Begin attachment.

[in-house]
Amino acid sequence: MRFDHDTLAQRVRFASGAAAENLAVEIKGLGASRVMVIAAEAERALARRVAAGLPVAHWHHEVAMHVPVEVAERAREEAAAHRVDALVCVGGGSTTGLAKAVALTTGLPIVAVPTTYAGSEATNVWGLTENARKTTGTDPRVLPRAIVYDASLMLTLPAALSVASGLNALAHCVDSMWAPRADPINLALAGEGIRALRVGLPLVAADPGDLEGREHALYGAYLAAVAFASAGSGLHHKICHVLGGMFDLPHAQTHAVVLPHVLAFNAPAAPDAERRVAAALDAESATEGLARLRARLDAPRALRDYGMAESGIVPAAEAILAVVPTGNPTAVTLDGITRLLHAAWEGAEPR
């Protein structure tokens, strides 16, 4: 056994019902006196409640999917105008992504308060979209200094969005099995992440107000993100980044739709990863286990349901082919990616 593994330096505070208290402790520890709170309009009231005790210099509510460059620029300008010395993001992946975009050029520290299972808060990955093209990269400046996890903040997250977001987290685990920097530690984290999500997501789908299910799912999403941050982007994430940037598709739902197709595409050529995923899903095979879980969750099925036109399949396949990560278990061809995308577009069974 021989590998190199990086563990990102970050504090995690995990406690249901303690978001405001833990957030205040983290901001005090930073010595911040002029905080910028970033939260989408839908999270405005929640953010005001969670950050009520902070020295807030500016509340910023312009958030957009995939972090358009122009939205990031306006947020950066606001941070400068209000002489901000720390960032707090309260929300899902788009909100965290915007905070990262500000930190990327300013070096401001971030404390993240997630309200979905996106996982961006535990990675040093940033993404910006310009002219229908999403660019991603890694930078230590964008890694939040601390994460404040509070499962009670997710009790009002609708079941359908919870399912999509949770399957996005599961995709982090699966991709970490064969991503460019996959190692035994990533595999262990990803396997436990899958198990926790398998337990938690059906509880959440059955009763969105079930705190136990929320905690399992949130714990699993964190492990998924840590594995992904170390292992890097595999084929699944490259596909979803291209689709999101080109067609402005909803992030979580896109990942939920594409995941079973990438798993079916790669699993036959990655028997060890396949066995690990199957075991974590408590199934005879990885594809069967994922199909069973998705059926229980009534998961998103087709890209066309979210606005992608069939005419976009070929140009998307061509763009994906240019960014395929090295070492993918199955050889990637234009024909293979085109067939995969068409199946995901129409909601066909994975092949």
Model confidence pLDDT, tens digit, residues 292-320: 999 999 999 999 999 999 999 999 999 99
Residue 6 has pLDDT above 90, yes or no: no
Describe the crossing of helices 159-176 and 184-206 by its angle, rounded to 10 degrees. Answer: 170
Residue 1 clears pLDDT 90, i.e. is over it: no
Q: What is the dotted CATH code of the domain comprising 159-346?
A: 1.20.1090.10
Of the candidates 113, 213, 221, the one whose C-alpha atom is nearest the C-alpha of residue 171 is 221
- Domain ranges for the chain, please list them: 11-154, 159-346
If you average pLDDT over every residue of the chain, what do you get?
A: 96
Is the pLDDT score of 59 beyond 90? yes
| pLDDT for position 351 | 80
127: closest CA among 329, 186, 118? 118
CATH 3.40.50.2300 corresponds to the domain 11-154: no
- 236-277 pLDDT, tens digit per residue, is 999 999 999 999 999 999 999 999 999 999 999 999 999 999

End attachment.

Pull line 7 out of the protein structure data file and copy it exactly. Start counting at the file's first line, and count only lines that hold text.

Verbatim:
Residue 1 clears pLDDT 90, i.e. is over it: no